(I am) mountain when I stop; (I am)

beyond life when I walk

I have, (turned) every step on the path

of the beloved into a memorial

–Faiz Ahmed Faiz on Mian Iftikharuddin

 

Born in Baghbanpura in 1907, Mian Iftikharuddin was a prominent politician of the British India and later of Pakistan. He joined Congress in 1936 and left it in 1945 to join Muslim League. After the partition, he was offered ministry for rehabilitation of refugees in the provincial government of Punjab. However, he resigned in 1949 when his peasant friendly land reforms were rejected since they threatened the political and economic control of feudal lords in Punjab. He was also the only Muslim member in the parliament house who opposed the Objective Resolution in 1949 and chose to vote in its favor only when he was insured that the minorities will be protected under the resolution. As a result of his rampant criticism, he was expelled from Muslim League in 1951. Mian was a firm supporter of democratic values who criticized the imposition of martial law in Punjab during the riots of 1953 and proposed the idea of confederation to address the political, economic, cultural grievances of East Pakistan. Besides politics, he is also credited for launching the newspaper Pakistan Times, which, under the editorship of such prominent activists/writers as Faiz Ahmed Faiz and Mazhar Ali Khan, offered unparalleled journalistic services to the country until it was taken over by the dictatorship of General Ayub Khan in 1959. He died in 1962.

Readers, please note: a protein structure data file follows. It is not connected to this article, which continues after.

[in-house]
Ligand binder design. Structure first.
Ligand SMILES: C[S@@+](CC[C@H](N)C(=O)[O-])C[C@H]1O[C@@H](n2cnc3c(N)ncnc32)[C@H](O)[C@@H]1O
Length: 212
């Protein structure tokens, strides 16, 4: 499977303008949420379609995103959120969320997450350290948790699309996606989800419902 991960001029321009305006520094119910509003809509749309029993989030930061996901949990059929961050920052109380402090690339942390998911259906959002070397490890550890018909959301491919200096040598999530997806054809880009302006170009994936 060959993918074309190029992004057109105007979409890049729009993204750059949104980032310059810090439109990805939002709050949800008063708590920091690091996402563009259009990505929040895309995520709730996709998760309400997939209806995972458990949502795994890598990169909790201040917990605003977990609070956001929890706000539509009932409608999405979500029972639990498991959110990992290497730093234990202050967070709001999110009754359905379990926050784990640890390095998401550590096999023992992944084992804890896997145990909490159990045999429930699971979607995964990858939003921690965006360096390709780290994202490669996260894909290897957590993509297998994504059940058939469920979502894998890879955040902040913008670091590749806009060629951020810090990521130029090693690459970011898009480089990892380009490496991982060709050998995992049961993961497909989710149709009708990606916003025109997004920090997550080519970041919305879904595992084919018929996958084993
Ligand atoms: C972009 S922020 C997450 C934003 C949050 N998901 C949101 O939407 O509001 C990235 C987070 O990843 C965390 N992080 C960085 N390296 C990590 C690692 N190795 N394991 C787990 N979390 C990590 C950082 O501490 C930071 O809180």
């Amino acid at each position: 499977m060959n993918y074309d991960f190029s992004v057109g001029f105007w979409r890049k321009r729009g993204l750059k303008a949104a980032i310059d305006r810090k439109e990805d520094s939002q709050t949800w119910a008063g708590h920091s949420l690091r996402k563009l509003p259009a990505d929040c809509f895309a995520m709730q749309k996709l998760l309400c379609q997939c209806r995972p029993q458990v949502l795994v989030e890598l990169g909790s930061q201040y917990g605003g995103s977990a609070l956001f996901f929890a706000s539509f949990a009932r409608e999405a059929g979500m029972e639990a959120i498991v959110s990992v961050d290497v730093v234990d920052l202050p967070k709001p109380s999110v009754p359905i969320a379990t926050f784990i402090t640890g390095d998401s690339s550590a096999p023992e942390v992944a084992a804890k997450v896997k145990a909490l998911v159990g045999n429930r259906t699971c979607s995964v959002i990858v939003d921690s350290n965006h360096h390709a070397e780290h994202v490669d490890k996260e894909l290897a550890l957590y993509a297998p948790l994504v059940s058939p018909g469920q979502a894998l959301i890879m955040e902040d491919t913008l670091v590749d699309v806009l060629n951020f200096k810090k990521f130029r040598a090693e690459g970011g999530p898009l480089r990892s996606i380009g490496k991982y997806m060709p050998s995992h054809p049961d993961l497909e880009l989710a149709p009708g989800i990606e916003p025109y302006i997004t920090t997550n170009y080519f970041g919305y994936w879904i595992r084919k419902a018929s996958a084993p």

The state’s unabashed practice of curbing the economic, social, political rights of its citizens has continued to this day. We miss the honest, critical, just, empathetic, democratic voice of Mian Iftikharuddin more than ever today.